HOOPS For Java Developers
The HOOPS/Java integration consists of Java wrappers to HOOPS/3DGS, HOOPS/MVO, and HOOPS/Stream. This document describes how to use the HOOPS/Java integration to build a Java application that incorporates the HOOPS/3DF components. Some familiarity with Java, HOOPS/3DGS, and HOOPS/MVO is assumed.
The HOOPS/Java integration is supported under the J2SE Development Kit 6.0 (JDK 6.0), on the Windows 32-bit and 64-bit platforms. It is also supported on Linux platforms.
The following steps are required to compile and run a HOOPS/Java based application:
Compiling: You must place the HOOPS/3DF and HOOPS/Java .jar files in your classpath.
This can either be done via the command line for both compiling and running, or it can be set in the manifest file for your project. The files are:
<ul> <li><span class='filename'>HJ<version>.jar</span></li> <li><span class='filename'>HIJ<version>.jar</span></li> <li><span class='filename'>HJMVO<version>.jar</span></li> <li><span class='filename'>HJSTREAM<version>.jar</span></li> <li><span class='filename'>HJCanvas<version>.jar</span></li> </ul>
Executing: Ensure that the following files are in your application's directory.
- .jar files: (discussed above)
Java wrapper libraries:
- Windows: hjmvo<version>.dll
- Linux: hjmvo<version>.so
- For HOOPS/3DGS:
- Windows: hjstream<version>.dll
- Linux: hjstream<version>.so
- Windows: hoops<version>_vc<MS Visual Studio Version>.dll
- Linux: hoops<version>.so
- Windows: hoops_mvo<version>_vc<MS Visual Studio Version>.dll
- Linux: hoops_mvo<version>.so
- Windows: hoops_stream<version>_vc<MS Visual Studio Version>.dll
- Linux: hoops_stream<version>.so
The above files should all be located in your <hoops>/bin/nt_i386_<Visual Studio Version> directory on Windows, and your <hoops>/bin directory under Linux.
For Linux platforms, prior to execution, you must execute two export commands. Below is a list based on the platform you are using:
For 32-bit Linux (on a 32-bit machine ONLY):
For 64-bit Linux (on a 64-bit machine ONLY):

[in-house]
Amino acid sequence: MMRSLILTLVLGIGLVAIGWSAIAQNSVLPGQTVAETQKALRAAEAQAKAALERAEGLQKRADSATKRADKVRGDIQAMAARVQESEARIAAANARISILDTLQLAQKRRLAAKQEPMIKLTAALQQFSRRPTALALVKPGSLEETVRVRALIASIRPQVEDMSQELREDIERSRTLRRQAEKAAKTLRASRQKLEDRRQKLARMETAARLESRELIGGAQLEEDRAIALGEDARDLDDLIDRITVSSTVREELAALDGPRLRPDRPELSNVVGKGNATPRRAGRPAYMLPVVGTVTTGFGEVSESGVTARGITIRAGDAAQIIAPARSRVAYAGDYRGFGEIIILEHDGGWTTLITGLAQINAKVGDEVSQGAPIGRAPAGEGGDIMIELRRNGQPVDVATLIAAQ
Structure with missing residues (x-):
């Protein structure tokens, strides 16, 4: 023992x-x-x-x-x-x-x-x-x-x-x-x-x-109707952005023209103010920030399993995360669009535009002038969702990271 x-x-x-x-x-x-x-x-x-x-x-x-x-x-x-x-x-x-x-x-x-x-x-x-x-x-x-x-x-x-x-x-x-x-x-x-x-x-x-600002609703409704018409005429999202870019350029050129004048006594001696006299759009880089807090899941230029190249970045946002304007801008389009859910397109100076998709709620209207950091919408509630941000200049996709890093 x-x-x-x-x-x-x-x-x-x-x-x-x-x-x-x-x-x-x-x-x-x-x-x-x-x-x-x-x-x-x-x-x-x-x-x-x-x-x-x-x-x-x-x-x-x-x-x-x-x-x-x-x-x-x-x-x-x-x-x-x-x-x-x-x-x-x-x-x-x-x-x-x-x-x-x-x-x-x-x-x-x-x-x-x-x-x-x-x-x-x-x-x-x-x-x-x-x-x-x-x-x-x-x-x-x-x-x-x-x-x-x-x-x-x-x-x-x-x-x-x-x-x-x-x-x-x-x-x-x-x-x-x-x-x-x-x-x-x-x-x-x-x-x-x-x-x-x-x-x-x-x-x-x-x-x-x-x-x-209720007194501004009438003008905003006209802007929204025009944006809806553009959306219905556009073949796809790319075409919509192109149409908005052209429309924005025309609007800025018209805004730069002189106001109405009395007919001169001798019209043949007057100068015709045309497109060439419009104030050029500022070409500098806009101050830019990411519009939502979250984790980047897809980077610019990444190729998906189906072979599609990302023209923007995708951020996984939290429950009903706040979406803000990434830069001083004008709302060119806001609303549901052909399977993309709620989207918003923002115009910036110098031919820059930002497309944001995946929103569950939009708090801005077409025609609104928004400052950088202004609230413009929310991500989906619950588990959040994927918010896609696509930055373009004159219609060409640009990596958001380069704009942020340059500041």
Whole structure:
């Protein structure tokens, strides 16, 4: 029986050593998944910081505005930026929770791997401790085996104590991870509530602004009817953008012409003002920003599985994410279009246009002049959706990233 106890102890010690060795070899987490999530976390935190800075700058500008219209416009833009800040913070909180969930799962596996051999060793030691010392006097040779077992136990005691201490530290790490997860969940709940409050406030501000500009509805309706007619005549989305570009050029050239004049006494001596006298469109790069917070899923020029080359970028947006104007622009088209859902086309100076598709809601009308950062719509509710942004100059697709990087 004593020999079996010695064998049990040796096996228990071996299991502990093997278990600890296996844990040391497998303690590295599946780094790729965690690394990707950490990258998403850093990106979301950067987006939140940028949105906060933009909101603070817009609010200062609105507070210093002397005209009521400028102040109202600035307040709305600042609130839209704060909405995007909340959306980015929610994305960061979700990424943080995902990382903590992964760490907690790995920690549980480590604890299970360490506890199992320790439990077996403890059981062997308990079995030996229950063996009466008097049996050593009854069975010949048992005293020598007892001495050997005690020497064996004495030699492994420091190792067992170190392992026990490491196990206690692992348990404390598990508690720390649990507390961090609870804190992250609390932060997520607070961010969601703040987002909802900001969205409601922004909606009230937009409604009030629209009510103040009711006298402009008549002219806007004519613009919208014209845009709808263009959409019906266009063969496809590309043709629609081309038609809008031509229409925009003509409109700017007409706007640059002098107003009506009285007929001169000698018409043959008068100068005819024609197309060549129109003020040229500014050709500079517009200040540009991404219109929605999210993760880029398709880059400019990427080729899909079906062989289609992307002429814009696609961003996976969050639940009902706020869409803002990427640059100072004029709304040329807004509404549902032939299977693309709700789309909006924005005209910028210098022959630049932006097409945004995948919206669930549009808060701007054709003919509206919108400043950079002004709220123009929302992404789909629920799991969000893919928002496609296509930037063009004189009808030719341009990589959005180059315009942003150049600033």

The routines and classes of the HOOPS/3DGS, HOOPS/MVO and HOOPS/Stream toolkits are all generally accessible via the Java wrappers, with a few exceptions and notes covered below. Developers should refer to the Reference Manual for each component, and can additionally leverage the Intellisense capabilities of the NetBeans IDE to see listings of class members and function/method arguments.
Each HOOPS/3DGS routine name, such as ::Insert_Polyline in your HOOPS program must have a prefix before the name will actually be usable on your computer system. The prefix varies depending on which language you're calling from, and sometimes depending on the brand of the language you're calling from. When calling from Java, all calls to the HOOPS/3GS API are made through the HJ class, such as:
You must call Define_System_Options("multi-threading=full") as your first HOOPS call. This is because Java apps must be thought of as multi-threaded, since the garbage collector will run on a separate thread and may trigger HOOPS calls on a separate thread if it invokes certain destructors.
HOOPS Routines Available in Java
Most functions available under C are available in Java except for:
The largest difference between using HOOPS with Java and C is found when you have a write-back value, i.e. you pass a pointer to a function and it writes a value or values to that location. Because Java does not have pointers, we have to use other means of passing in by reference.
For example, the C HOOPS code that uses a char*:
is replaced in Java by StringBuffer:
NOTE: You must always pass a new or empty StringBuffer, as HJ uses append internally to return the string. You must also call ensureCapacity to guarantee the buffer has a minimum size before anything can be written into it. For example:
The C HOOPS code that uses &[float_value]:
is replaced in Java by single element float arrays:
Arrays can be used in Java in a similar manner as they are used in C. Thus, the C HOOPS code:
is replaced in Java by:
It's important to allocate enough room in the array, lest HOOPS writes into unallocated memory and causes a segfault.